At the foot of the main stairway is the old entrance, the old stone landing of which is used as a corridor leading to a large lounge. The latter reflects the Louis XV style, with a white, moulded ceiling, built-in cupboards, pilasters and a mirror with a sculpted stucco surround above a fireplace, in good working order. The floor, covered with terracotta tiles from Lempzours, extends into an adjoining dining room and fitted kitchen. The decor in these two rooms reflects the Louis XIII style and exudes a certain rusticity courtesy of the decision to leave the original joists and some of the stone walls exposed.
The kitchen, the only through room, opens on to a corridor with a toilet and a television room, enhanced with a monumental fireplace, also in good working order, tapestry wallcoverings and indoor shutters.

First floor
The first floor is reached via a stone stairway, featuring two wide, intermediate landings lined with cupboards. The floors in the bedrooms and the corridors are covered with parquet flooring, often laid in a ladder pattern and studded.
A hall area on the west side leads, initially, to a north-facing bedroom and then to a south-facing bedroom as well as to a shower room, with a toilet.
A long corridor set at right angles on the east side features fanlights providing indirect light. It leads to three south-facing bedrooms with views over the garden and the surrounding countryside. There is also a bedroom on the north side as well as another, with its own shower room and a view over the topiary boxwood, on the east side. Lastly, on the north side, a communal bathroom with a toilet features a bull’s eye window and a floor laid with small terracotta tiles, inlaid with oak wood decoration.

This level could be completely converted courtesy of its high trusses. Easily reached via a wide wooden stairway, it comprises two vast areas with old wooden flooring.
Under the study is an old vaulted cellar with a packed mud floor, reached via a stone stairway.
A second cellar is a small packed mud area under the main stairway.

The dovecote

Spanning two levels, it could be used as a workshop or storage space.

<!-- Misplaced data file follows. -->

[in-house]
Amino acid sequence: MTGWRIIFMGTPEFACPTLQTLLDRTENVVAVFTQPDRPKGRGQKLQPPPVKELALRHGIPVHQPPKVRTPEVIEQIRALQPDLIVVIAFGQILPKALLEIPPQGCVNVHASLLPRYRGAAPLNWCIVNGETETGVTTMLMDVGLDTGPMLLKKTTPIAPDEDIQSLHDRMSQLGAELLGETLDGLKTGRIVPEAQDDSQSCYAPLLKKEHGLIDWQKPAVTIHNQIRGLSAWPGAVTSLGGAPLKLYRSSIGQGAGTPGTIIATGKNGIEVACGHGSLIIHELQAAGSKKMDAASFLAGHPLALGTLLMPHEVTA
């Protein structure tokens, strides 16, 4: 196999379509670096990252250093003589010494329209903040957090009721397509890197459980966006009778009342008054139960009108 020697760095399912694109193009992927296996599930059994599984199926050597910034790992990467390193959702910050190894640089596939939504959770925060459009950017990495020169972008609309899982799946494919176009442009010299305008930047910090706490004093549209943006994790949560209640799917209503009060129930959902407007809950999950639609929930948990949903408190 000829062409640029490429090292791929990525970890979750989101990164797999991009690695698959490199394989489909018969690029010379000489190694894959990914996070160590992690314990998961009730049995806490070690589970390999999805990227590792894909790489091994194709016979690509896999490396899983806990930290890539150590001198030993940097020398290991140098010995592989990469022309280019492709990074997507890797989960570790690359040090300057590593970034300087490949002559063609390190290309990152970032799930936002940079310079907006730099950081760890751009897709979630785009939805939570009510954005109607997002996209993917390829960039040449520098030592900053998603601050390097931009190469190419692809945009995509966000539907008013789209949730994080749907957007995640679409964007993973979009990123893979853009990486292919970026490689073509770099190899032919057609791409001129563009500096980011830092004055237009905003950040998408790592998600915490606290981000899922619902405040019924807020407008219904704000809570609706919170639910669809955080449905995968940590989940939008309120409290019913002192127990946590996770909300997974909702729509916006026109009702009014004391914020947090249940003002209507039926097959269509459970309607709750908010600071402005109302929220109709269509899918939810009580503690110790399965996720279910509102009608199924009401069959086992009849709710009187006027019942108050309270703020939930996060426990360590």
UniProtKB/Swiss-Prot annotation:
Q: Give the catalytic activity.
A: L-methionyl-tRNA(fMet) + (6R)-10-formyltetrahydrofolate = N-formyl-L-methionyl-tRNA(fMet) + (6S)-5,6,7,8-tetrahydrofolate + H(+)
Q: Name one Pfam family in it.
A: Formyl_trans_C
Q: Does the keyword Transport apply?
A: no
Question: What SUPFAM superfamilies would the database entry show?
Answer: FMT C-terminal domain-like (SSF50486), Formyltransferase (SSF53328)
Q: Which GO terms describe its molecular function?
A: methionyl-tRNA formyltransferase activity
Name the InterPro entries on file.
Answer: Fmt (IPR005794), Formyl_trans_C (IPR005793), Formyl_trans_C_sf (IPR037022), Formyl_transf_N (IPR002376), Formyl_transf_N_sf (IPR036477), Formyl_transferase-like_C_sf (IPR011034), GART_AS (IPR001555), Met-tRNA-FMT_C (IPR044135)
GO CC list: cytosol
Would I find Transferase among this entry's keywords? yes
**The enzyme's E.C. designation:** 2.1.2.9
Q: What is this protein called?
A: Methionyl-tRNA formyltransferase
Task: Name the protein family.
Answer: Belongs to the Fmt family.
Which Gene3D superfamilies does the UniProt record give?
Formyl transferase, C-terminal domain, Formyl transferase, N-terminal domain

The boathouse

Recently constructed, it can be used for storing a small boat, a ride-on mower, bicycles and garden furniture.

Our opinion

Once through the gates, feelings of seclusion and well-being abound. Wooded, immaculately kept parklands, out of sight of onlookers, comprise terracing, summer lounging areas and points of view, reached via alleyways. Light filtering through the branches is everywhere: between the decoratively trimmed bushes, along the forest paths, on the wooden bridge above the water-filled moat reflecting the dovecote, on the terrace between the well and the fountain, on the stone steps and the wrought iron railings as well as on the facade of the impressive manor house.
The refined, comfortable interior, with its large, bright, colourful rooms and views over the meadows, would be ideal as a family home. On the outskirts of a small, lively village in the heart of a tourist region, this balanced property can but provide a pleasant way of life.

475 000 €
Fees at the Vendor’s expense

See the fee rates

Reference 460000

Land registry surface area 3446 m2
Main building surface area 378 m2
Number of bedrooms 7

French Energy Performance Diagnosis

Regional representative

Jonathan Barbot +33 1 42 84 80 85



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NB: The above information is not only the result of our visit to the property; it is also based on information provided by the current owner. It is by no means comprehensive or strictly accurate especially where surface areas and construction dates are concerned. We cannot, therefore, be held liable for any misrepresentation.